Masking (Muskalataq) is a custom that was once common to the entire Aleut region, but its practice has been minimized or abandoned in most villages, at least until the current revival in Native traditions and language. It appears to have its roots in Russia. It is a folk tradition, not associated with the church but not frowned upon. However, on the Eve of Theophany (epiphany) people are supposed to cleanse themselves by taking a banya (maqiq) or, in the old days, by jumping into the ocean and then going to the church, still wet, to do penance. According to John Klashinoff of Nuchek, there was a saying:
Maskalatalet maqilahtut, qaqimalet naluwaluteng. Those who have masked take banyas, those who have played the devil swim in the ocean.
“Playing the devil” is condoned neither by the church nor by the community. They say that in the old days those who impersonated devils used to dance on the red-hot stove. They also say that you should not go off with one who has not unmasked. This may be a devil in disguise, who will lead you into the woods where you will lose your way and perish unless you come to your senses.
The Muskalataq tradition is strongest in the Kenai Peninsula villages of Nanwalek and Port Graham. Here Muskalataq begins after the last round of slawiq on the evening of January 9 and continues every evening until the Eve of Theophany on January 18, which marks the end of the Christmas season. The maskers (Muskalatalhit) get dressed at home, or more commonly at the house of someone who has a lot of masking gear (maskalatahsutet), start dressing themselves with what ever they want and putting on masks. The whole body is supposed to be covered so that the masker is not identifiable on sight- but of course people usually recognize the dancers by their posture and mannerisms. Then the maskers go up to the community hall to dance. When they enter, they bow to the spectators and the band. The band plays guitars and when possible an accordion or organ; they used to play banjos and mandolins as well. There is a special set of tunes that are played at this time; such a tune is called a Prazdnik (Praznik). After dancing for a spell, the maskers usually go back to take a break and dress in a different costume, then return to dance again. Masking often goes on in this way until late at night.
On Russian New Year (Nuwikutaq, January 14), these two communities each put on a pageant at their community hall. This pageant is called Nuwikutaq. The performers belong to two factions. On one side are one or two sergeants-at- arms or MPs (sutiyaq/sutiyak), the New Year (Nuta’aq), and twelve women dressed in white gowns, representing the months (Tanqit). On the other side are the Old Year (Anguteq) and the male clowns called the Old Ladies (Ucinguhuat); unlike the New Year and his allies, they wear masks. The performers enter in this order, bow to the onlookers, circle the room, and leave. The New Year is dressed in white and carries a paddle; the Old Year is dressed in black, has a pack on his back made to look like a hunchback, and uses a cane. This is the firs of twelve rounds. In each succeeding round, things get a bit livelier. The New Year dances with each of the Months, as eventually do the Old Year and the Old Ladies. The Old Ladies begin to talk to the audience; these are the only performers allowed to speak, and they must speak only in Alutiiq. As the evening progresses, they get rowdier; they start teasing and flirting and pestering the New Year. When the MPs sound the whistle to go out, they refuse to leave with the others, so that the MPs have to hunt them down and eject them from the hall, sometimes more than once. The New Year rushes at the Old Year and hits him on the back with his paddle; when this happens, the MPs shoot their guns once all the performers are outside.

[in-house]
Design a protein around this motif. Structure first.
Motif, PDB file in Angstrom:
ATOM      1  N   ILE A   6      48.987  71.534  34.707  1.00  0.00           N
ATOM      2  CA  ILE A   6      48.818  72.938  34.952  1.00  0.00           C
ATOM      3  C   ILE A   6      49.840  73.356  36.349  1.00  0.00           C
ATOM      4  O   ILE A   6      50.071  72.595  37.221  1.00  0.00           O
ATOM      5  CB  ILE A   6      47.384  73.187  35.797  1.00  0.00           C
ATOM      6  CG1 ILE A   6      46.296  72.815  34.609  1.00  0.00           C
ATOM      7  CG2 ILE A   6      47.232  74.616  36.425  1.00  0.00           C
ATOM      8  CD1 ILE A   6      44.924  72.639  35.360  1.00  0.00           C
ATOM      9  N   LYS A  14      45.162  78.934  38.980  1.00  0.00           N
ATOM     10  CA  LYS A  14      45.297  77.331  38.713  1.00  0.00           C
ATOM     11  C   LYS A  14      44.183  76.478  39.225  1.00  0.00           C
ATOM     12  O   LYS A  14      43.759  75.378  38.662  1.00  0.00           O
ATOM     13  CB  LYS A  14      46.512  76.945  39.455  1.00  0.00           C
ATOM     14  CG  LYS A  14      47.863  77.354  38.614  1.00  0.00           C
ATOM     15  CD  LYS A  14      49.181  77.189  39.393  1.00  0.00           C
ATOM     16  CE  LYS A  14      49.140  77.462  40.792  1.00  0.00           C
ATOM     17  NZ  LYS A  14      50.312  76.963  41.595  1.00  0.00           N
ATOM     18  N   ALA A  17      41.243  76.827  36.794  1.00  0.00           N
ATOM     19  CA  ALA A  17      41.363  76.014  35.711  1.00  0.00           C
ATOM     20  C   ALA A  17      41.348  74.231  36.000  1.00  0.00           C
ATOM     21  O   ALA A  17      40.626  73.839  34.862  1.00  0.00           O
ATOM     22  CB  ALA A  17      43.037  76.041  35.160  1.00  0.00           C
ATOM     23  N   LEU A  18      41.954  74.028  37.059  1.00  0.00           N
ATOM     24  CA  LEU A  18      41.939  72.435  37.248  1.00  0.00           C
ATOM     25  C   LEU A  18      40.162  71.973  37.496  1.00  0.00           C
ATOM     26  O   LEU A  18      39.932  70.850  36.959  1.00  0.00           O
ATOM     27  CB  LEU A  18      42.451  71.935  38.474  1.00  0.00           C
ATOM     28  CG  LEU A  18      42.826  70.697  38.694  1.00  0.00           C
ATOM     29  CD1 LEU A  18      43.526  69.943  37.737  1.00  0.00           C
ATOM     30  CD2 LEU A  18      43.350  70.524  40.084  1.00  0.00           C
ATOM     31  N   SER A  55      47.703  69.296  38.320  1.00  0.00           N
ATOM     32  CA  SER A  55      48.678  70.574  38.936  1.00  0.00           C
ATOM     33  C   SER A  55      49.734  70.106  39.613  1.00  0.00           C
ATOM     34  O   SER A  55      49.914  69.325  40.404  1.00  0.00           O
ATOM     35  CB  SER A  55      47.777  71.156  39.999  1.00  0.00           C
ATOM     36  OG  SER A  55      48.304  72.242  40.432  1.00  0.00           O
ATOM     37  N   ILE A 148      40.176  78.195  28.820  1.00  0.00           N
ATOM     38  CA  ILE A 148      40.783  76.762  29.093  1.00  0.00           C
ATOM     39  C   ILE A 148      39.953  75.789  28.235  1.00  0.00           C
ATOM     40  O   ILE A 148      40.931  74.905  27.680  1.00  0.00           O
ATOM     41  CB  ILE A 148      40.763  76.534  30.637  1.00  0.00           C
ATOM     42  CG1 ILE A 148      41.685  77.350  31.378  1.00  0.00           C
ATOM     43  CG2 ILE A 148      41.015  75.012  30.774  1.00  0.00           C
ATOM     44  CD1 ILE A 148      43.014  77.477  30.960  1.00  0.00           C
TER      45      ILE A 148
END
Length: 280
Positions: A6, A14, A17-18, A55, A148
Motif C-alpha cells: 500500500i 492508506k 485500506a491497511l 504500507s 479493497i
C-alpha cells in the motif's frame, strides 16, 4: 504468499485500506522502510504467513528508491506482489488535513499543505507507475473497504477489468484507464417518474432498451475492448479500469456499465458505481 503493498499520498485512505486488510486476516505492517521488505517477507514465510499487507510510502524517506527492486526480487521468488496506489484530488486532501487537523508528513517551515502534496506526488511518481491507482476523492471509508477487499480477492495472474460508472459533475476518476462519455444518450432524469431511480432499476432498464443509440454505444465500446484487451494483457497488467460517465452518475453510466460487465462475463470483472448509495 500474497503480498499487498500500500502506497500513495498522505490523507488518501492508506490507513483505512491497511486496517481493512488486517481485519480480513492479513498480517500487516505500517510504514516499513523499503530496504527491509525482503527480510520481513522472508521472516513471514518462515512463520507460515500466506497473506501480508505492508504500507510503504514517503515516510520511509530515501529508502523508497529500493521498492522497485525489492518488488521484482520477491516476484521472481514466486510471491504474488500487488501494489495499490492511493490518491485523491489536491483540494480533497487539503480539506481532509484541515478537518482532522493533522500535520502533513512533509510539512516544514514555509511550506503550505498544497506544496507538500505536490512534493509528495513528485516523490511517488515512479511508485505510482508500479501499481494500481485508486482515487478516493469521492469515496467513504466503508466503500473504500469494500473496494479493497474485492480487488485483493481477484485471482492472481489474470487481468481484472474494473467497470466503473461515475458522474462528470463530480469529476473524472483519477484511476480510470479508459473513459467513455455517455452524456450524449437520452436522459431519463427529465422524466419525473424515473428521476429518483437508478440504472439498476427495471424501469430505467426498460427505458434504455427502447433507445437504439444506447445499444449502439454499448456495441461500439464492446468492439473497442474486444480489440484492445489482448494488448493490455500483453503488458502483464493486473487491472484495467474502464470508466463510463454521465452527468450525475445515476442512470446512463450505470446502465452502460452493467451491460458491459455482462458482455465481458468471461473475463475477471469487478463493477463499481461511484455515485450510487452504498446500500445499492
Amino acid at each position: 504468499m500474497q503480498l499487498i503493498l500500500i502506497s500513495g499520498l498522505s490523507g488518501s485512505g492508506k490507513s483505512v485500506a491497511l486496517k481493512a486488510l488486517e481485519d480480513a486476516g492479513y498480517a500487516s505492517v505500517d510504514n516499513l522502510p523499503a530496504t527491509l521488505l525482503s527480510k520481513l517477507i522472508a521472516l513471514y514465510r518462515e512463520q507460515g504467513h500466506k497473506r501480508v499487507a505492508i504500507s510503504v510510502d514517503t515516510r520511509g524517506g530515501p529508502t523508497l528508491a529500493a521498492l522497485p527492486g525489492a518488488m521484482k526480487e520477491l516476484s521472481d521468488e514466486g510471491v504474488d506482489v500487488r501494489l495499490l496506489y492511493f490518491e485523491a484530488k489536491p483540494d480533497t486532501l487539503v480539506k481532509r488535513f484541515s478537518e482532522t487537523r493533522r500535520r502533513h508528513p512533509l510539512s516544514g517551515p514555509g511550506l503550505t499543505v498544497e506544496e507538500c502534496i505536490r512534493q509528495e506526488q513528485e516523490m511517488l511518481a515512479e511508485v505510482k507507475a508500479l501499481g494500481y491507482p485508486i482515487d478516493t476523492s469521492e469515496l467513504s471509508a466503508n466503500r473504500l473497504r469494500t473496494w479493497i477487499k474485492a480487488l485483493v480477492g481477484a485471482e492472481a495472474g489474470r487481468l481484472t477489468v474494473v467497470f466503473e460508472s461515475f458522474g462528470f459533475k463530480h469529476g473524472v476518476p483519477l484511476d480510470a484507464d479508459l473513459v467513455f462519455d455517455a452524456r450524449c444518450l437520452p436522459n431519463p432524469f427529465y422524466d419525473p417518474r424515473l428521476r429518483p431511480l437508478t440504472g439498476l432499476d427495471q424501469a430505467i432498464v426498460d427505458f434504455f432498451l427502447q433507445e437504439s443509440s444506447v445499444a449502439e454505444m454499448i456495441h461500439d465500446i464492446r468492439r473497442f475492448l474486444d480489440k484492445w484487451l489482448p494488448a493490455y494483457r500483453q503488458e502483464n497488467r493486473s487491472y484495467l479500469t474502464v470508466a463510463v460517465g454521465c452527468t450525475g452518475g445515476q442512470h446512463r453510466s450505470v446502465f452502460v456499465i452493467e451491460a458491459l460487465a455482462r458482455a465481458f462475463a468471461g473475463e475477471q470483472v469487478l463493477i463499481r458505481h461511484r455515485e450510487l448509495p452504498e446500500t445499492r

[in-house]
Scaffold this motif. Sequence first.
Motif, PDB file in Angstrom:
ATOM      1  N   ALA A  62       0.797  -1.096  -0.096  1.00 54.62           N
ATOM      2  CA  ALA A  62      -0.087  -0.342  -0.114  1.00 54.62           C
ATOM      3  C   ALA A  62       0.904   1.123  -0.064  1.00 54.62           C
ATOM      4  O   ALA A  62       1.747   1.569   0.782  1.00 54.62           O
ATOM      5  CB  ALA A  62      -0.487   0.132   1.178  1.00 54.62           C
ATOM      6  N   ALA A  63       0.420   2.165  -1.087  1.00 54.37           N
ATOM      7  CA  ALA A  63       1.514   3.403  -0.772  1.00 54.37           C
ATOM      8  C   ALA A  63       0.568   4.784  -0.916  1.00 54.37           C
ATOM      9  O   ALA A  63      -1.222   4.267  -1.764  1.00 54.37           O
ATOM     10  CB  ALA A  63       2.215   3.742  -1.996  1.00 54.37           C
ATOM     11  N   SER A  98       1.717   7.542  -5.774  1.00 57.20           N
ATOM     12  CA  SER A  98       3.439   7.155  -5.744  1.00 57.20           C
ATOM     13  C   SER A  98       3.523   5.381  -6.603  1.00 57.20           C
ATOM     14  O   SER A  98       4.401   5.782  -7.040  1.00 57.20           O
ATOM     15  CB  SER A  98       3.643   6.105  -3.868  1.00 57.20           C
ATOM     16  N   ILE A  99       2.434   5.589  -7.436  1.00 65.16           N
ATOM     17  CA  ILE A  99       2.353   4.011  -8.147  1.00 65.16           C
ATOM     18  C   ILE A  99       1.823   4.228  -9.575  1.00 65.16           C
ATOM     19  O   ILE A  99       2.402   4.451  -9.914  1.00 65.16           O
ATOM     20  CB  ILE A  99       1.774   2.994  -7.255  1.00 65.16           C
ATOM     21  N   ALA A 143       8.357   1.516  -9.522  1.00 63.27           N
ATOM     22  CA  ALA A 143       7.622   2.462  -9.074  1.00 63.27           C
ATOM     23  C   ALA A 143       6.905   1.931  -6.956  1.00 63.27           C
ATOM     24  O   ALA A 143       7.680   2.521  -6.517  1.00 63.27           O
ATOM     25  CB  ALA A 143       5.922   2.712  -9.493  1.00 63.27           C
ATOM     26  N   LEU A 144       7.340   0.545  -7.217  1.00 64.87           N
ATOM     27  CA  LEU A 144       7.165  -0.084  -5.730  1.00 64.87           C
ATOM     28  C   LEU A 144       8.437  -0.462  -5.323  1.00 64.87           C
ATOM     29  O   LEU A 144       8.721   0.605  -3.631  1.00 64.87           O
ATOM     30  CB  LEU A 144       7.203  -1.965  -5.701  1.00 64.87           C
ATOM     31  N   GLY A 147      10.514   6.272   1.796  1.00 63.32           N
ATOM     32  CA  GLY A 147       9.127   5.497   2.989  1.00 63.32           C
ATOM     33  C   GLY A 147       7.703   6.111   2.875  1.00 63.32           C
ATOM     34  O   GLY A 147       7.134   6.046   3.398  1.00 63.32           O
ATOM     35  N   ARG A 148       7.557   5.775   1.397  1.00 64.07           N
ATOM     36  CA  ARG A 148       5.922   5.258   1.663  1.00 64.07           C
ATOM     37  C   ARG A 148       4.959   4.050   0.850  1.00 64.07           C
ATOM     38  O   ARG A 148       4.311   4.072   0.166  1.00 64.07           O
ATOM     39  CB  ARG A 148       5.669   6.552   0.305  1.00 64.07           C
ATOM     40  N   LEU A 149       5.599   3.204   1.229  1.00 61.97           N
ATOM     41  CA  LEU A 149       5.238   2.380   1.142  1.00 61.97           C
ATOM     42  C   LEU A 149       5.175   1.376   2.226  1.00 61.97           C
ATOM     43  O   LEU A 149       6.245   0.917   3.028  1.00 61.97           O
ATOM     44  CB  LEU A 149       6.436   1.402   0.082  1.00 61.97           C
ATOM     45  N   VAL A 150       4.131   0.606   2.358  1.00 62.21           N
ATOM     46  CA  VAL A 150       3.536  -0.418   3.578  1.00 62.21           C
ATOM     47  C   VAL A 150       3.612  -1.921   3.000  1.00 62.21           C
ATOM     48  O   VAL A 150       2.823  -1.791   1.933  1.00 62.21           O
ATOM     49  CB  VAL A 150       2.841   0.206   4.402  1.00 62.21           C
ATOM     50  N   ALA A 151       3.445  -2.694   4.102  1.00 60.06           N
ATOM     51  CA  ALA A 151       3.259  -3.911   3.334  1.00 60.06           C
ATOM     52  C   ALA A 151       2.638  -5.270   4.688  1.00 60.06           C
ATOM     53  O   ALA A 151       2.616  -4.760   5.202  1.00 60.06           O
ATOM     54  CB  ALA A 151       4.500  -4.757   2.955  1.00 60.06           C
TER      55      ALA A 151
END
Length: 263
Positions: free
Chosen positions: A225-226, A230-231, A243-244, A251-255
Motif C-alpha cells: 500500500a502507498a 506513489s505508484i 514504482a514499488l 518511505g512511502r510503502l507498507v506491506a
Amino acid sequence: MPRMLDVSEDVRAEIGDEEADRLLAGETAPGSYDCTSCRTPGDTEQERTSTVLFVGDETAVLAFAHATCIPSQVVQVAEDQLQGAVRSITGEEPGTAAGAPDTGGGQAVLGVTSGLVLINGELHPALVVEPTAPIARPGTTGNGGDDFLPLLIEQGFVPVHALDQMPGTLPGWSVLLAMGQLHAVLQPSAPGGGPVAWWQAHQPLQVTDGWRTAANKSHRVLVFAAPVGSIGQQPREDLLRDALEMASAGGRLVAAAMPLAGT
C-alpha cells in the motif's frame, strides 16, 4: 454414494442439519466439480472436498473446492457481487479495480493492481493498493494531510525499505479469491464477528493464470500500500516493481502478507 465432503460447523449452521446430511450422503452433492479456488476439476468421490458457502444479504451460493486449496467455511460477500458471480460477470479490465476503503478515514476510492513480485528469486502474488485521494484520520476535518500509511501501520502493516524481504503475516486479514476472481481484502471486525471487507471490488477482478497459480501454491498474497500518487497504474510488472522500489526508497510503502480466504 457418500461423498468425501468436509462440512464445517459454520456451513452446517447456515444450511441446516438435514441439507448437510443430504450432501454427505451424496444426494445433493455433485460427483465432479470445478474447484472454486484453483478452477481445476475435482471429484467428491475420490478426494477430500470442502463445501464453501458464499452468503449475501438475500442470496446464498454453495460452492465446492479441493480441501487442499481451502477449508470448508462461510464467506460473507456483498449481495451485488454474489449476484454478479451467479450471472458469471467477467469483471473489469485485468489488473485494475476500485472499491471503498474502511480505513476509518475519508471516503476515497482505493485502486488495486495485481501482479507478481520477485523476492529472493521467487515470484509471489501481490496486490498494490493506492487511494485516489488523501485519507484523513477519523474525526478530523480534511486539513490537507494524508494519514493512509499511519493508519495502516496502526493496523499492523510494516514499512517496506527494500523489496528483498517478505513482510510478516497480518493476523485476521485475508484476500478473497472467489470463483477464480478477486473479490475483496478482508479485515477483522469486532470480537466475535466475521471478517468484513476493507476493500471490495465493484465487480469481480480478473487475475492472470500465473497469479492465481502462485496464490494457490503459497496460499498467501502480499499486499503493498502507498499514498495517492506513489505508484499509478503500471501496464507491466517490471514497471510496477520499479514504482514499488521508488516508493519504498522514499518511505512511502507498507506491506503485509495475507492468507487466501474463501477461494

The final round ends at midnight, signaled with three gunshots. These signify the victory of the New Year over the Old Year. Then all the performers reenter the hall, and the Old Year and Old Ladies unmask themselves. Everyone faces the icons and prays the Lord’s Prayer. After this, the band starts to play a waltz, and all the performers greet one another with a kiss and dance with one another in order, starting with the New and Old Years. After this, the audience is free to join in. in this way, the two factions are reconciled, and peace is restored to the community for the New Year.
The Nuwikutaq pageant is unique to the communities of Nanwalek and Port Graham. People from Kodiak remember that a similar but much less elaborate celebration used to be held on Russian New Year. The origin of this ceremony is not clear. It may be that it has its roots in Russian folk traditions, or that it continues in much revised form an ancient Alutiiq winter celebration. Or it may incorporate elements of the traditional Alutiiq ceremonies, reinterpreting them in terms of the Western conception of the New Year, much as the Western European Christmas holiday has incorporated element of the pre Christian ritual practices of the winter solstice, such as the Christmas tree and yuletide fire. During the ancient hunting festival, as described above, young women dressed in fine cloths danced with men, some of whom carried paddles. These call to mind the months and the New Year of the Nuwikutaq pageant and the Old Year and Old Ladies are reminiscent of the men representing devils in the hunting festival. Whatever the history of the Nuwikutaq pageant may be, it has evolved into a special celebration that is one of the highlight of the year for the Kenai Peninsula Alutiit and epitomizes the melding of cultures that has produced the modern Alutiiq way of life.
Copyright The Smithsonian Institute, Crowell, Aron (2001) Looking Both Ways - Heritage and Identity of the Alutiiq People Pg. 215-218